Stolen credentials, malware forums, human trafficking, drug dealing, kiddie porn: just about any illegal activity you can think of is facilitated over the dark web. Not surprisingly, this type of criminal activity also ends up on the servers inside of legitimate business and government organizations.
Wherever investigators are searching in cyber, they will likely run into evidence that could make them or their employers legally liable. In this blog, investigators and researchers share their experiences and tips for reducing liability for themselves and their organizations.
Let's start with child porn, which is illegal to possess, store or transmit. Yet investigators stumble upon this type of material regularly.
"Too often, general legal counsel wants the investigator to turn illegal images over to them and then kill it, which is illegal," says John Toney, who heads a large cyber investigation practice. "Should one of my investigators come across child porn, it's pencils down, and we notify law enforcement."
Toney's advice: Do not copy, transmit or look at the images once you've found them. Contact law enforcement and a legal team immediately (but don't transmit the images to them). Make sure you have legal protections and that people involved in the investigations understand the law regarding reporting illegal images.
Avoiding such images altogether is even safer, adds cyber investigator and attorney Mark D. Rasch. But it's hard to know what's inside image files until they're accessed and opened.
One intelligence analyst (who asked to remain anonymous) runs a small company of intelligence gatherers. He built special filters to prevent employees from even seeing illegal, violent images.
"Employees in my organization sometimes have to look at violent and racist videos, so I just wrote a tool that detects the keywords they are looking for," says the analyst. "Now I'm adding an extension that will detect the violent sections they can choose to skip. This protects us from viewing illegal images and also saves us time."
Investigators sometimes also get caught in the dragnet of a legitimate policing operation, says Rasch.
"When cops show up with guns blaring because they think you are the bad guy, be helpful and cooperative with law enforcement without really giving them anything," he advises. "Staff should direct all inquiries to corporate counsel, even warrants, and the investigator should not consent to a search of systems or files without corporate counsel present. Counsel can also invoke attorney-client privilege, which forces law enforcement to conduct a more sensitive search."
A downloaded remote access trojan (RAT) or other malware is also a liability, particularly if it traverses into the larger organization. So, investigators should set up their systems to prevent hostile takeover and spread. (Read my previous blog for more advice from experts on how to prevent malware installation, and check out advice from SANS instructor Micah Hoffman.)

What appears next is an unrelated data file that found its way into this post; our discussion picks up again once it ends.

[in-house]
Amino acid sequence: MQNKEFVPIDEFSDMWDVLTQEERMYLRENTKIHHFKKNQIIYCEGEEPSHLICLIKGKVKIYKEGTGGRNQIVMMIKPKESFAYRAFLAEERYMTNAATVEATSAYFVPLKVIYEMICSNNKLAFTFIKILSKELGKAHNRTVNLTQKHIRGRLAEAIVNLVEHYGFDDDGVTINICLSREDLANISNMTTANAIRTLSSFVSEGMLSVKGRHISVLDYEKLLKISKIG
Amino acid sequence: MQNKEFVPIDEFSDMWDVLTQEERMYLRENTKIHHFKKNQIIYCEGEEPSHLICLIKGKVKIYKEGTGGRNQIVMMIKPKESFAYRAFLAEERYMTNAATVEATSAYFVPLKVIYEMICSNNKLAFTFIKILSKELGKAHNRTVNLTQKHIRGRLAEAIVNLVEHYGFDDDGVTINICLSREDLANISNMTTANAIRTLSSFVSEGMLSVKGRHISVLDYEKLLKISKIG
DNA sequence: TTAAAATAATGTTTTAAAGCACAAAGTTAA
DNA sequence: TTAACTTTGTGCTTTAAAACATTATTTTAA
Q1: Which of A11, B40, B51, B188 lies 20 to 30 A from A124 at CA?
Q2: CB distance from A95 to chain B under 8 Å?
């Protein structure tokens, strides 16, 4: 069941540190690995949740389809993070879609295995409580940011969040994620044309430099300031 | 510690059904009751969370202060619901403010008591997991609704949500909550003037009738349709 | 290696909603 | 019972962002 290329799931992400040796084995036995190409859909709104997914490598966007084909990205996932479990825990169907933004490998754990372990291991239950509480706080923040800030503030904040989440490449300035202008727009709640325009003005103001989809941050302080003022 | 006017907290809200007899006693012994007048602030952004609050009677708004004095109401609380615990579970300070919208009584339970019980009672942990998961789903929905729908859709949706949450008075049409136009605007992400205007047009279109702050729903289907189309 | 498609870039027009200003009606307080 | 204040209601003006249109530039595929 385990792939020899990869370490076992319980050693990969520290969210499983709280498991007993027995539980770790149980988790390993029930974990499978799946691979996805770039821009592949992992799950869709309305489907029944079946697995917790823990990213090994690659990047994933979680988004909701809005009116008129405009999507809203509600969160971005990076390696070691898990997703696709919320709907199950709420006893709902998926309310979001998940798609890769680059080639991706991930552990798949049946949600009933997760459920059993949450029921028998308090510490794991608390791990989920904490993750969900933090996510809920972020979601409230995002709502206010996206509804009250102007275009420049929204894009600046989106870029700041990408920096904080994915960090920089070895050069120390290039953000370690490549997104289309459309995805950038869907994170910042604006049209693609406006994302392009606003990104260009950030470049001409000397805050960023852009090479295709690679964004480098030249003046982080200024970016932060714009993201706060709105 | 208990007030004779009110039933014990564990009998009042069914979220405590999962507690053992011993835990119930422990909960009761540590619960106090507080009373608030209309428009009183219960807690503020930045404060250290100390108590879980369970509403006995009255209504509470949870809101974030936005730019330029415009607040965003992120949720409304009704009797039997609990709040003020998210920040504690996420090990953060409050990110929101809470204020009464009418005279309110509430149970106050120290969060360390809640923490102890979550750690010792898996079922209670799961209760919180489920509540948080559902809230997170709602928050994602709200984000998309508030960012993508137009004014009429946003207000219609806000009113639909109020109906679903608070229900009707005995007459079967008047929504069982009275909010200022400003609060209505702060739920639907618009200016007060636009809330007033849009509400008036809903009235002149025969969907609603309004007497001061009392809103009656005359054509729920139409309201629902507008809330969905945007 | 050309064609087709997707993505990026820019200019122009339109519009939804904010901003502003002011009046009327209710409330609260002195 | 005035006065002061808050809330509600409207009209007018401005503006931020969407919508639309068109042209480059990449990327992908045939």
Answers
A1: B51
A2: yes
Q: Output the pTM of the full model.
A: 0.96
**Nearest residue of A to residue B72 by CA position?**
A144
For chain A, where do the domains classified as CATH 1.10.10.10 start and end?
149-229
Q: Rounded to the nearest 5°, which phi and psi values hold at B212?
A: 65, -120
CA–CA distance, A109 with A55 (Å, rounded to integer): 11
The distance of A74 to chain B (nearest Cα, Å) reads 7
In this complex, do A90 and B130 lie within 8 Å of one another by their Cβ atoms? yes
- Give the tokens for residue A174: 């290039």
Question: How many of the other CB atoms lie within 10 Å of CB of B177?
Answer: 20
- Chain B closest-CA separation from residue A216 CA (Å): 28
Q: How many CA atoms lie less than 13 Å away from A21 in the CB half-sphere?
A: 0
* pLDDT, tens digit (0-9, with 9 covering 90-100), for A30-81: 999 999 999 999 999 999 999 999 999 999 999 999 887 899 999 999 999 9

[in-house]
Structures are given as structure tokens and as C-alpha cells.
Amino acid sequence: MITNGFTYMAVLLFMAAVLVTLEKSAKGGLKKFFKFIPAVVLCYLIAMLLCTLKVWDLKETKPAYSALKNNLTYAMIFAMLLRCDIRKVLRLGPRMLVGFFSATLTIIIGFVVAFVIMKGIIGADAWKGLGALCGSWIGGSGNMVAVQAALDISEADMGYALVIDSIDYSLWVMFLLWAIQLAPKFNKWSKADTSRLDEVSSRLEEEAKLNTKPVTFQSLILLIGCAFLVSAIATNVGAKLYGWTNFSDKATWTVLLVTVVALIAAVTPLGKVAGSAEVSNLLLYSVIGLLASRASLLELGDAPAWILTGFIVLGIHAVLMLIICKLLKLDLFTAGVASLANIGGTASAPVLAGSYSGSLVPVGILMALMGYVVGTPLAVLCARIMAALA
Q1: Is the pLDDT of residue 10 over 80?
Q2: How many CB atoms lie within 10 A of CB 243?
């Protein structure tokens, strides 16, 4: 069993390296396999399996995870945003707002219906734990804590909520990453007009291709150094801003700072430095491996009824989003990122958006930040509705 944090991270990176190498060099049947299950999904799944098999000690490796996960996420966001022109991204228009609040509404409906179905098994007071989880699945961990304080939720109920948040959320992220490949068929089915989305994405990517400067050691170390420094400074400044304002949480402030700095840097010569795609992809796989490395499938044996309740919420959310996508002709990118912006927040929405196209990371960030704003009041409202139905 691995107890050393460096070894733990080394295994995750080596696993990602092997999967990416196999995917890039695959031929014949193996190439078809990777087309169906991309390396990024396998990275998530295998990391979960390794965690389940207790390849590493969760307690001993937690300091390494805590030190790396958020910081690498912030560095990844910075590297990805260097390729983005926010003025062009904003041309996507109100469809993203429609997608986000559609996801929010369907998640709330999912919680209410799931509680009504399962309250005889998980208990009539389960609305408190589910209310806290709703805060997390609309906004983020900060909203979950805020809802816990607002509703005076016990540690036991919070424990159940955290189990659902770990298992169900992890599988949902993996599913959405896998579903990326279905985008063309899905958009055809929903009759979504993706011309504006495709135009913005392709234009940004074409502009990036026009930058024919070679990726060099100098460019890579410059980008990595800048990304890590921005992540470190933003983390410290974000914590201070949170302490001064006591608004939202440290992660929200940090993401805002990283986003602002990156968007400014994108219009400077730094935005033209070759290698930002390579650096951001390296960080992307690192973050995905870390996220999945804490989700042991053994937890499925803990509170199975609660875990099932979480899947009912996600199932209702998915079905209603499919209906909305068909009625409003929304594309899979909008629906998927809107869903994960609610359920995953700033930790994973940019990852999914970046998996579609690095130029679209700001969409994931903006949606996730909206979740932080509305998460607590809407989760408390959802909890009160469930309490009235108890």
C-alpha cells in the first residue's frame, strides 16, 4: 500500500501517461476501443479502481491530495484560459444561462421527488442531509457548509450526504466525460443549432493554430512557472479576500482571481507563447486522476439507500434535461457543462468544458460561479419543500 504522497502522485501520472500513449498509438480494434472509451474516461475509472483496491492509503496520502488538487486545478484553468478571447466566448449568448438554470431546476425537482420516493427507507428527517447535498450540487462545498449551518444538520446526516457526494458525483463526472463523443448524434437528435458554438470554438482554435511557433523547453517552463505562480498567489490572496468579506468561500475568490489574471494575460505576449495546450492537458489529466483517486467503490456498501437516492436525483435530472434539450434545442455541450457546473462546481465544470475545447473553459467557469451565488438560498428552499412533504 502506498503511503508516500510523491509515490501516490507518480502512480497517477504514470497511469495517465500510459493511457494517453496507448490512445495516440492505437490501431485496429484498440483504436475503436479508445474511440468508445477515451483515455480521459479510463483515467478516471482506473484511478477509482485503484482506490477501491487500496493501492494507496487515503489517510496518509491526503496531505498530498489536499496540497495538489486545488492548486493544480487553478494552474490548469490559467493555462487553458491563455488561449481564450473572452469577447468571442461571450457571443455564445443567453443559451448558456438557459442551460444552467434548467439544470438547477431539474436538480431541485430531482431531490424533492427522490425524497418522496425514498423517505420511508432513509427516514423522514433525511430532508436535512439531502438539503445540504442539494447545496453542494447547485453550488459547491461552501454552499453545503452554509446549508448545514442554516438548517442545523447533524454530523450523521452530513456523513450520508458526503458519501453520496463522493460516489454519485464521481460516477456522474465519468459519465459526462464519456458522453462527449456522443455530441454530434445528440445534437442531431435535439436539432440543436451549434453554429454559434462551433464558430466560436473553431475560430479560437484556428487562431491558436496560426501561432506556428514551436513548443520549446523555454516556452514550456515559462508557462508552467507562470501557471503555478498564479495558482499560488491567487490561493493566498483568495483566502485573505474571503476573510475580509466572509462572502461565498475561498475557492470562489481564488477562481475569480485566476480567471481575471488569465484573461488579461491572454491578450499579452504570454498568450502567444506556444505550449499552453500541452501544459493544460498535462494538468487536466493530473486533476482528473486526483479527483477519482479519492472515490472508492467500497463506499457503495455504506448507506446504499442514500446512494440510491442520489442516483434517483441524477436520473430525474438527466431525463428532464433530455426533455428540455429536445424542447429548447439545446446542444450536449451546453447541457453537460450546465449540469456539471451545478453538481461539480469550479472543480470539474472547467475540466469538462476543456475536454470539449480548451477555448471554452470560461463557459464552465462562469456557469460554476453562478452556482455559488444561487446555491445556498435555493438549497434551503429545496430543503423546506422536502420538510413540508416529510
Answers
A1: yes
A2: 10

In one case, a red team investigator (who asked to remain anonymous) says he was working for a client, tracking an active ransomware campaign originating from Eastern Europe. He used an intentionally insecure environment to observe the malware sample's worst behaviors.
"While I was analyzing the ransomware's action, I noticed that more than just the typical behavior of ransomware was going on. The attackers had remoted in to my server and begun messing with it physically," he says. "When I informed the hacker that he was in a virtualized environment, he called me a bunch of vulgar names, threatened me, then disconnected from the system."
Because he was in a secure environment, the investigator collected what metrics he could and erased the VM with no damaging effects.
Investigators should also screen potential clients. Rasch relays a story from the past when his team flew to a foreign country on a client's behalf. The team uncovered digital evidence revealing that the client who hired them was actually the criminal who was using his own company to launder narcotics money.
"Once we found that out, our team left immediately for the airport and didn't even go back to collect their things at their hotel," he says. "Everything looked legit until we started digging during the investigation."
Another cyber investigator, Bryan Seely, was asked by a husband who wanted custody of his children to find dirt on his wife. Seely instead recorded the husband's request during their meeting, sent it to the man's wife, who used the recording to get a three-year restraining order against her now ex-husband.
These cases go beyond personal and business liability, also raising important moral and ethical issues to consider. Says Rasch, "Do you do security for anyone who pays, or do you investigate ahead of time and make value judgments on who you take as clients?"